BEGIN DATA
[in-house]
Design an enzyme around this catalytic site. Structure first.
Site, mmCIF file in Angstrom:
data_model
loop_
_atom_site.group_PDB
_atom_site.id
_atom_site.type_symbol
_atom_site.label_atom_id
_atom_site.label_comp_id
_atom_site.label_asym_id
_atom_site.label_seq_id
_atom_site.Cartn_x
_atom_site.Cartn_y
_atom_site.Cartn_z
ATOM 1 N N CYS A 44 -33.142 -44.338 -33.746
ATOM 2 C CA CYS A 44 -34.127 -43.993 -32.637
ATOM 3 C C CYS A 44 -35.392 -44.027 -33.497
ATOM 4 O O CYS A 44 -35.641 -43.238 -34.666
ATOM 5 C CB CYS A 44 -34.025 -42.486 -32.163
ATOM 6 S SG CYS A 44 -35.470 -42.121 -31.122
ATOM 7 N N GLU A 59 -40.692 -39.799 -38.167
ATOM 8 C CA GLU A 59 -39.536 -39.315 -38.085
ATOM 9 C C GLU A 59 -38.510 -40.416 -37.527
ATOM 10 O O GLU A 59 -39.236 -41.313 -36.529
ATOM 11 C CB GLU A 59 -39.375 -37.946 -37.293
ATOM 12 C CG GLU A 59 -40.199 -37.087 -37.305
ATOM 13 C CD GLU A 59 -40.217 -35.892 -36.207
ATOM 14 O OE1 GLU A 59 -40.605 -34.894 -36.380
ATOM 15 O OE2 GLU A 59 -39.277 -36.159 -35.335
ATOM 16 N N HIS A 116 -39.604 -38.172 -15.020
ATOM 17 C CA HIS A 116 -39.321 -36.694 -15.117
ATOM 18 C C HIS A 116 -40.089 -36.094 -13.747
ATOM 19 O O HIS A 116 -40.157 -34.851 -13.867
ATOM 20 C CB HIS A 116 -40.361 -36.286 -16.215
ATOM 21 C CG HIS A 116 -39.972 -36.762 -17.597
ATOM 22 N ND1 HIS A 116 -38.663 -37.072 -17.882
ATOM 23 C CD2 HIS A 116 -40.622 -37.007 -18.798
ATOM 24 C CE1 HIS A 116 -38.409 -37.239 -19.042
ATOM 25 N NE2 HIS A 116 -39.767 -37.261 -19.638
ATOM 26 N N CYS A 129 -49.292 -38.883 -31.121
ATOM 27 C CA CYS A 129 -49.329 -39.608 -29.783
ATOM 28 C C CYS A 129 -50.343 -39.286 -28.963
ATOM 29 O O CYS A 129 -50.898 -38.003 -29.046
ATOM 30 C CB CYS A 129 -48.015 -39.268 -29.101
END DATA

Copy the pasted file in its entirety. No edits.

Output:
[in-house]
Design an enzyme around this catalytic site. Structure first.
Site, mmCIF file in Angstrom:
data_model
loop_
_atom_site.group_PDB
_atom_site.id
_atom_site.type_symbol
_atom_site.label_atom_id
_atom_site.label_comp_id
_atom_site.label_asym_id
_atom_site.label_seq_id
_atom_site.Cartn_x
_atom_site.Cartn_y
_atom_site.Cartn_z
ATOM 1 N N CYS A 44 -33.142 -44.338 -33.746
ATOM 2 C CA CYS A 44 -34.127 -43.993 -32.637
ATOM 3 C C CYS A 44 -35.392 -44.027 -33.497
ATOM 4 O O CYS A 44 -35.641 -43.238 -34.666
ATOM 5 C CB CYS A 44 -34.025 -42.486 -32.163
ATOM 6 S SG CYS A 44 -35.470 -42.121 -31.122
ATOM 7 N N GLU A 59 -40.692 -39.799 -38.167
ATOM 8 C CA GLU A 59 -39.536 -39.315 -38.085
ATOM 9 C C GLU A 59 -38.510 -40.416 -37.527
ATOM 10 O O GLU A 59 -39.236 -41.313 -36.529
ATOM 11 C CB GLU A 59 -39.375 -37.946 -37.293
ATOM 12 C CG GLU A 59 -40.199 -37.087 -37.305
ATOM 13 C CD GLU A 59 -40.217 -35.892 -36.207
ATOM 14 O OE1 GLU A 59 -40.605 -34.894 -36.380
ATOM 15 O OE2 GLU A 59 -39.277 -36.159 -35.335
ATOM 16 N N HIS A 116 -39.604 -38.172 -15.020
ATOM 17 C CA HIS A 116 -39.321 -36.694 -15.117
ATOM 18 C C HIS A 116 -40.089 -36.094 -13.747
ATOM 19 O O HIS A 116 -40.157 -34.851 -13.867
ATOM 20 C CB HIS A 116 -40.361 -36.286 -16.215
ATOM 21 C CG HIS A 116 -39.972 -36.762 -17.597
ATOM 22 N ND1 HIS A 116 -38.663 -37.072 -17.882
ATOM 23 C CD2 HIS A 116 -40.622 -37.007 -18.798
ATOM 24 C CE1 HIS A 116 -38.409 -37.239 -19.042
ATOM 25 N NE2 HIS A 116 -39.767 -37.261 -19.638
ATOM 26 N N CYS A 129 -49.292 -38.883 -31.121
ATOM 27 C CA CYS A 129 -49.329 -39.608 -29.783
ATOM 28 C C CYS A 129 -50.343 -39.286 -28.963
ATOM 29 O O CYS A 129 -50.898 -38.003 -29.046
ATOM 30 C CB CYS A 129 -48.015 -39.268 -29.101